A NOVEL LIKELY PATHOGENIC VARIANT IN THE RUNX1 GENE AS THE CAUSE OF CONGENITAL THROMBOCYTOPENIA
Despotović M1,*, Pereza N2, Peterlin B3, Ostojić S2, Golob B3, Maver A3, Roganović J4
*Corresponding Author: Marta Despotović, University of Rijeka, Faculty of Medicine, Braće Branchetta 20, 51000 Rijeka, Croatia. Tel: +385-91-732-6486. E-mail: despotovicmarta@gmail.com
page: 4

CASE REPORT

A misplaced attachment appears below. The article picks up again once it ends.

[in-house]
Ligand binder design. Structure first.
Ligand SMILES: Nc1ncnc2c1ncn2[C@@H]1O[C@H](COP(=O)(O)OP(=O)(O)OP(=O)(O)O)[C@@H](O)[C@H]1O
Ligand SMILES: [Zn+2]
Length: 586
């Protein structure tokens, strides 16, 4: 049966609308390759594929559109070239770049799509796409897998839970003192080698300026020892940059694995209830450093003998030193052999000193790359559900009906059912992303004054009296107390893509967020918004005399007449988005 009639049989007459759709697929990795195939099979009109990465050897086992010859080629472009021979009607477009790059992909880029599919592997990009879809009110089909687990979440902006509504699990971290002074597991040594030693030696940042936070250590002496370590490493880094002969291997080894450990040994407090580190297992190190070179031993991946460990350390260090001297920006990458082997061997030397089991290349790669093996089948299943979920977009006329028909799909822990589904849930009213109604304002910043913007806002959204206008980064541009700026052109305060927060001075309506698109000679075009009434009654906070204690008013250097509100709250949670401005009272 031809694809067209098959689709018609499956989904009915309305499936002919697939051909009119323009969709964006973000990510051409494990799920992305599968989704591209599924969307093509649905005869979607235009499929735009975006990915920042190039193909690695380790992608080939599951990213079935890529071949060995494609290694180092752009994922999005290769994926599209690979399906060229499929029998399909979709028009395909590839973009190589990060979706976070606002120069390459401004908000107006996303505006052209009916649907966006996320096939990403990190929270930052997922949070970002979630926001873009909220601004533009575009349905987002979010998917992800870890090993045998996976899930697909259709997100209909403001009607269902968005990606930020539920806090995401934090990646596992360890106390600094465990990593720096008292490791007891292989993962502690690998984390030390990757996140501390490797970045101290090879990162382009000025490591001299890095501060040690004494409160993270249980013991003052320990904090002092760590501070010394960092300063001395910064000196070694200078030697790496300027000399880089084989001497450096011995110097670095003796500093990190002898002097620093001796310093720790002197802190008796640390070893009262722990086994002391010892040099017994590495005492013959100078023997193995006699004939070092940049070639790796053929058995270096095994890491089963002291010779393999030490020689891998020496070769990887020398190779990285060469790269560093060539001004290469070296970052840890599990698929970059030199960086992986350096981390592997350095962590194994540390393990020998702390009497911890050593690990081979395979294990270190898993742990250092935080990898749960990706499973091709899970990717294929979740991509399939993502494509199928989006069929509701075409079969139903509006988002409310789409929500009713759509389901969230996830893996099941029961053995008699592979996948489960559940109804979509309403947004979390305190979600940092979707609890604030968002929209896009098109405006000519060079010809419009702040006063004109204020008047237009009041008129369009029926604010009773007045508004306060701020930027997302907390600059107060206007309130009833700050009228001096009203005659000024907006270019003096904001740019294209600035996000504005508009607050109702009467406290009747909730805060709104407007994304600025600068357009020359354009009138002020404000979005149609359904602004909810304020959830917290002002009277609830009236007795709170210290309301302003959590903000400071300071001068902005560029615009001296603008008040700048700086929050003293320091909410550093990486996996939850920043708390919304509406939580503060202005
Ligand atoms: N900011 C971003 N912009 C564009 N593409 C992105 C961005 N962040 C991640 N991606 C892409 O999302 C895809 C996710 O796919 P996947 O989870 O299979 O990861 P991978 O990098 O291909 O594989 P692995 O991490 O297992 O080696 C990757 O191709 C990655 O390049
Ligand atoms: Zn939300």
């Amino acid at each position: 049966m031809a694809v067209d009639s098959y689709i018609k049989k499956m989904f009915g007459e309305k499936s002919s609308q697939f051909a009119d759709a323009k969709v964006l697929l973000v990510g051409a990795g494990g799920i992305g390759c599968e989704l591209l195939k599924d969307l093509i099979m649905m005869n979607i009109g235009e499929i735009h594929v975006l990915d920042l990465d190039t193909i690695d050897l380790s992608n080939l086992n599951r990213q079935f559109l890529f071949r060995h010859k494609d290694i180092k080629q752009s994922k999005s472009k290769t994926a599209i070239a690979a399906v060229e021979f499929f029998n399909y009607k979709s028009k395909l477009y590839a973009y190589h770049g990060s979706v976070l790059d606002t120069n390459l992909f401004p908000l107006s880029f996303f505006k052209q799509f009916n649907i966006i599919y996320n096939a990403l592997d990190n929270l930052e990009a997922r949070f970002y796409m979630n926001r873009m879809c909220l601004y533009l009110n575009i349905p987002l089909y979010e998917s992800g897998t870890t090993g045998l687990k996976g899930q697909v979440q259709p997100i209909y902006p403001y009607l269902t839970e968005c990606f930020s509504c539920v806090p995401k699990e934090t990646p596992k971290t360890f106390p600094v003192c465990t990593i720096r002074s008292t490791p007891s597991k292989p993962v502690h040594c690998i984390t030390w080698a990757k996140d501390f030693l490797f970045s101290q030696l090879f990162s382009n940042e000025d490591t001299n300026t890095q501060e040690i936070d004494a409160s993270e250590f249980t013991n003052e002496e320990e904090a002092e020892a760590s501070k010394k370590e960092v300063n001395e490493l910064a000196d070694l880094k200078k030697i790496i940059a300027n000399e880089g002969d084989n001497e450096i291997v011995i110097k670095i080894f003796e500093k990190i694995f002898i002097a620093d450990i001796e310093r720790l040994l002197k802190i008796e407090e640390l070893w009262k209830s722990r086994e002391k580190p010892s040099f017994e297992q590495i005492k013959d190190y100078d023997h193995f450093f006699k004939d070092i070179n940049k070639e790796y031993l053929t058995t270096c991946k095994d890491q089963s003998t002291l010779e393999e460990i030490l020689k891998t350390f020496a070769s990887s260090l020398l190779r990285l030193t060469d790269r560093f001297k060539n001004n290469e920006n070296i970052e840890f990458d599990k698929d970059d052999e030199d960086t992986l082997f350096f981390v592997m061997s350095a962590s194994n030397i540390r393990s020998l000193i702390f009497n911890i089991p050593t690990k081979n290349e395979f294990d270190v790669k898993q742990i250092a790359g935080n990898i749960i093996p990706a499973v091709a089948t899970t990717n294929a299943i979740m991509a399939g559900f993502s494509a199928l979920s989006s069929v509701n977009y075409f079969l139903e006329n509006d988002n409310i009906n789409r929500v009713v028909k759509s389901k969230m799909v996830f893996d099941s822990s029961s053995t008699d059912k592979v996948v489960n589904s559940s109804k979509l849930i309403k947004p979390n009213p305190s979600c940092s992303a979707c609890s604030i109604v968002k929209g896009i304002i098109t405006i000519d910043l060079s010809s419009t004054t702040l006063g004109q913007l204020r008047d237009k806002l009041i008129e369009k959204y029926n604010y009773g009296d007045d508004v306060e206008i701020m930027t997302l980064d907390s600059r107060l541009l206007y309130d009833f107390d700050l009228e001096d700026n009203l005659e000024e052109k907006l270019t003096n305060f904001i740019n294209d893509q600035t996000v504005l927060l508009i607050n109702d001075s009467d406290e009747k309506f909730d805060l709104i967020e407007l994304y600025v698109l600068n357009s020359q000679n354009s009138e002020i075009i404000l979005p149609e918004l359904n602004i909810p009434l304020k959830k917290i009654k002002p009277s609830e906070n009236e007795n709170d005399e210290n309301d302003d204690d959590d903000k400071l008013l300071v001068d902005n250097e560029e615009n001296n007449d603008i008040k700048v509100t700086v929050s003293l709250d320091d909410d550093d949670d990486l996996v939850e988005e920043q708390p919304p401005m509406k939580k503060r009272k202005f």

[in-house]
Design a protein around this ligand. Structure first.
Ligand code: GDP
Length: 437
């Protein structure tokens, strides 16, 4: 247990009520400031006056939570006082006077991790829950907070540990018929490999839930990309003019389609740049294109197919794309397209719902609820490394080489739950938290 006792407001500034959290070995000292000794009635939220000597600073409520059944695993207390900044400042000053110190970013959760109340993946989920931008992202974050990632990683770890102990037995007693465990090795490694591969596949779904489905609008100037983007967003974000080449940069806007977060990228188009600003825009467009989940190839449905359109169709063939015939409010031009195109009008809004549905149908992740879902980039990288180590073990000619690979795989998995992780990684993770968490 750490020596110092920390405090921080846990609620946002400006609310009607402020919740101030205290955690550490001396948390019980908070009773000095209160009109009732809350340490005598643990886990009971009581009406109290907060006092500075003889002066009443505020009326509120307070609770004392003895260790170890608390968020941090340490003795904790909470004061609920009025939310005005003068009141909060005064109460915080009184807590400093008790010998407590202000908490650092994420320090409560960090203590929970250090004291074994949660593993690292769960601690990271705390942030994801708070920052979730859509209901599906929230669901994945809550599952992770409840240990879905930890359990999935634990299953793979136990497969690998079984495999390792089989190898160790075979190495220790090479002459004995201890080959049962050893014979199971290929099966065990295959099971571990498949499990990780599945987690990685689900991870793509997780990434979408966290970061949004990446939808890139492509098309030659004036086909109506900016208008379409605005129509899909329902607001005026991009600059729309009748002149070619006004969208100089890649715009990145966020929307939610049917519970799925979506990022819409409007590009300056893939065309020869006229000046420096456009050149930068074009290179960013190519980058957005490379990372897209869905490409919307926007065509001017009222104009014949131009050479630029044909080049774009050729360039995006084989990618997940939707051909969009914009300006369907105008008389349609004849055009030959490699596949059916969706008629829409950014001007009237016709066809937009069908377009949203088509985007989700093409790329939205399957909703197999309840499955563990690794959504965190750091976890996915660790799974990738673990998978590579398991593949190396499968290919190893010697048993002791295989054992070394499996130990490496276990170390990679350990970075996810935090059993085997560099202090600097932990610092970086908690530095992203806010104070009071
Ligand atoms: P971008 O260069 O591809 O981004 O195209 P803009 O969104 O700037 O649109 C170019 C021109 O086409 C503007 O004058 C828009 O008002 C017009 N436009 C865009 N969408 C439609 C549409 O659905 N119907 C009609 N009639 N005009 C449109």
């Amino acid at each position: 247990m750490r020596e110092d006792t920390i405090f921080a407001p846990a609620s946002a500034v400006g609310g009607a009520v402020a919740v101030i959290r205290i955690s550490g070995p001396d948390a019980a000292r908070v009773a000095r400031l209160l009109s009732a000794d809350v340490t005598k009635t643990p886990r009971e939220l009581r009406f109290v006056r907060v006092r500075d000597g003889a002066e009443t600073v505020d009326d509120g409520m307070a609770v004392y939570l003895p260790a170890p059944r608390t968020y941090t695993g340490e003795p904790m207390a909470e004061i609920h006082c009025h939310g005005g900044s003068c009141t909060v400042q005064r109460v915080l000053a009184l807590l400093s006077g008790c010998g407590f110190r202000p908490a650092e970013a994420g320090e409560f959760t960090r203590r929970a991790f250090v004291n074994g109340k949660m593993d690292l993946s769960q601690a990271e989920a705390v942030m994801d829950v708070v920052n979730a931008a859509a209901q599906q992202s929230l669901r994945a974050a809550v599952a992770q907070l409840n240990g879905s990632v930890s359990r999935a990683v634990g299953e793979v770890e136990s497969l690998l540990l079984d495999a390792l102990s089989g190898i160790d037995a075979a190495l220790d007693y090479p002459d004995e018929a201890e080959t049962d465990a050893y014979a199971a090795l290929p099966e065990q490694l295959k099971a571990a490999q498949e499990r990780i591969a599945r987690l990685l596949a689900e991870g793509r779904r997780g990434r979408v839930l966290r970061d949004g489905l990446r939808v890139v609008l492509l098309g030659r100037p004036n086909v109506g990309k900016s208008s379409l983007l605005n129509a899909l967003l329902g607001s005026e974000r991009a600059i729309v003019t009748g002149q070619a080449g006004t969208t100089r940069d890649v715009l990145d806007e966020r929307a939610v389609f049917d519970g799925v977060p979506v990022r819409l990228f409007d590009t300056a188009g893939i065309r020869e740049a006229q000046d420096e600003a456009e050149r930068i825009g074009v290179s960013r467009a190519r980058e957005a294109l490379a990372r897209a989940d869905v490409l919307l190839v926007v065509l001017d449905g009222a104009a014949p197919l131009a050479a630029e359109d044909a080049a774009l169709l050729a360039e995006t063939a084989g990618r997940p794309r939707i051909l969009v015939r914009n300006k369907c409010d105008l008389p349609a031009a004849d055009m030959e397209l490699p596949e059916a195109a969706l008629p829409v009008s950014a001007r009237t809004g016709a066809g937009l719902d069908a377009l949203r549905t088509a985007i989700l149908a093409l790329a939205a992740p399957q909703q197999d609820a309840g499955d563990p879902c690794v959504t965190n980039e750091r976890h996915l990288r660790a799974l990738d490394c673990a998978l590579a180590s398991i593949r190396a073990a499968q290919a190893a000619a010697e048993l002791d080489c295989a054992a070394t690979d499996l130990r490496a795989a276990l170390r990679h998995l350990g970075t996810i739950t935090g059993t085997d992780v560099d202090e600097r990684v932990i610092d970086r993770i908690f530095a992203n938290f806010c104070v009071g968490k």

A one-month-old male infant was admitted to the Department of Pediatrics, Clinical Hospital Center Rijeka, due to anemia and thrombocytopenia verified during an acute viral infection. The father was treated for acute lymphoblastic leukemia in childhood, and at the age of 30 for thyroid cancer. Father and sister suffer from atopic diseases. In the first hospitalization, the patient received a red blood cell transfusion, followed by erythropoietin beta for six weeks. During follow-up, he occasionally had petechiae and ecchymoses on the lower extremities after mild trauma, with no other symptoms. Bone malformations have not been identified. He had normal values of erythrocytes and hemoglobin, occasionally mild neutropenia, persistently slightly decreased values of platelets that were normal morphology, but impaired functions - pathological aggregation with adrenaline and adenosine diphosphate (ADP). Glanzmannís thrombasthenia and Bernard Soulierís syndrome were ruled out. Specific platelet antibodies were negative several times, and on one occasion indirect antineutrophil antibodies were positive. Bone marrow aspiration showed impaired hematopoiesis, especially erythropoiesis and some hypolobulated megakaryocytes. At the age of 18 months, the boy had the first episode of typical febrile convulsions. At 20 months he was hospitalized for recurrent febrile convulsions and bilateral pleuropneumonia complicated by sepsis and hemolyticuremic syndrome. He was treated with the combination of parenteral antimicrobial therapy and irradiated red blood cell and platelet transfusions. At the age of two, he was hospitalized for Candida pelliculosa sepsis and treated with parenteral antifungals, intravenous immunoglobulins due to transient hypogammaglobulinemia, and granulocyte colony-stimulating factor due to severe neutropenia. Comprehensive immunological testing did not reveal an immune disorder. Repeated bone marrow aspiration was normal. At the same age, he underwent allergy skin testing because of atopic dermatitis, but the causative allergen was not found. After the second year of life, the boy did not have any serious infections and was regularly monitored on an outpatient basis. Physical and mental development was normal. Due to the unclear etiology of persistent mild thrombocytopenia, he was referred for genetic testing at the age of five. Genomic DNA was isolated from the patientís peripheral blood and whole-exome sequencing was performed using next-generation sequencing, which included the analysis of 34 genes associated with the clinical presentation. Sequencing was performed using Illumina NovaSeq 6000. The analysis included sequencing of coding regions of genes defined based on prominent clinical presentation, as well as regions on the intron-exon boundary that may result in changes/defects in splicing. A heterozygous variant was identified in the RUNX1 gene (c.1160delG deletion of one guanine, NM_001754.4). The variant leads to a frameshift at the 387th position of the amino acid sequence encoded by RUNX1. The variant is located in exon 9 and was not described in the genome of 138,000 controls in the gnomAD project or the ClinVar database of clinically relevant variants. By ACMG/AMP standards and guidelines for the interpretation of sequence variants (Richards et al. 2015), modified by ACGS recommendations, the variant was classified as likely pathogenic (evidence categories PVS1_STR, PM2).



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